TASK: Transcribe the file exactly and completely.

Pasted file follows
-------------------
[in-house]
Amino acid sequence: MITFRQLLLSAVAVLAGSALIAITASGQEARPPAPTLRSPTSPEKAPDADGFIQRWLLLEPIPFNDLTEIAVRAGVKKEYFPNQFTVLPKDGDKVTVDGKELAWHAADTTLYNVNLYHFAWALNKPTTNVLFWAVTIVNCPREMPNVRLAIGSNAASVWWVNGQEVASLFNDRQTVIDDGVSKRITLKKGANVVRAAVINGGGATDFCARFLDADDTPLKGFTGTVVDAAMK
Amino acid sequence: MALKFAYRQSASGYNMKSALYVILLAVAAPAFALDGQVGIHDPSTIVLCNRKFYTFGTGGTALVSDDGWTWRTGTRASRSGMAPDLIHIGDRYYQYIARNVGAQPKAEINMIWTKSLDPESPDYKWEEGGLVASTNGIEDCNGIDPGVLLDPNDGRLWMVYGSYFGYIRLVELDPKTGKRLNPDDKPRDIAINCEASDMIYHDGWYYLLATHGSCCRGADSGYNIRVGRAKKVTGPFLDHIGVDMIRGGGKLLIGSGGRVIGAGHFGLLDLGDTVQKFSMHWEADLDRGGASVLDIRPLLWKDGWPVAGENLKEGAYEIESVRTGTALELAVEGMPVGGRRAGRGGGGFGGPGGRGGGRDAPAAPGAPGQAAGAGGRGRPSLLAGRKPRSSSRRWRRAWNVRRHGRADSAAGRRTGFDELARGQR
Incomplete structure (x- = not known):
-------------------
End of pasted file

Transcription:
[in-house]
Amino acid sequence: MITFRQLLLSAVAVLAGSALIAITASGQEARPPAPTLRSPTSPEKAPDADGFIQRWLLLEPIPFNDLTEIAVRAGVKKEYFPNQFTVLPKDGDKVTVDGKELAWHAADTTLYNVNLYHFAWALNKPTTNVLFWAVTIVNCPREMPNVRLAIGSNAASVWWVNGQEVASLFNDRQTVIDDGVSKRITLKKGANVVRAAVINGGGATDFCARFLDADDTPLKGFTGTVVDAAMK
Amino acid sequence: MALKFAYRQSASGYNMKSALYVILLAVAAPAFALDGQVGIHDPSTIVLCNRKFYTFGTGGTALVSDDGWTWRTGTRASRSGMAPDLIHIGDRYYQYIARNVGAQPKAEINMIWTKSLDPESPDYKWEEGGLVASTNGIEDCNGIDPGVLLDPNDGRLWMVYGSYFGYIRLVELDPKTGKRLNPDDKPRDIAINCEASDMIYHDGWYYLLATHGSCCRGADSGYNIRVGRAKKVTGPFLDHIGVDMIRGGGKLLIGSGGRVIGAGHFGLLDLGDTVQKFSMHWEADLDRGGASVLDIRPLLWKDGWPVAGENLKEGAYEIESVRTGTALELAVEGMPVGGRRAGRGGGGFGGPGGRGGGRDAPAAPGAPGQAAGAGGRGRPSLLAGRKPRSSSRRWRRAWNVRRHGRADSAAGRRTGFDELARGQR
Incomplete structure (x- = not known):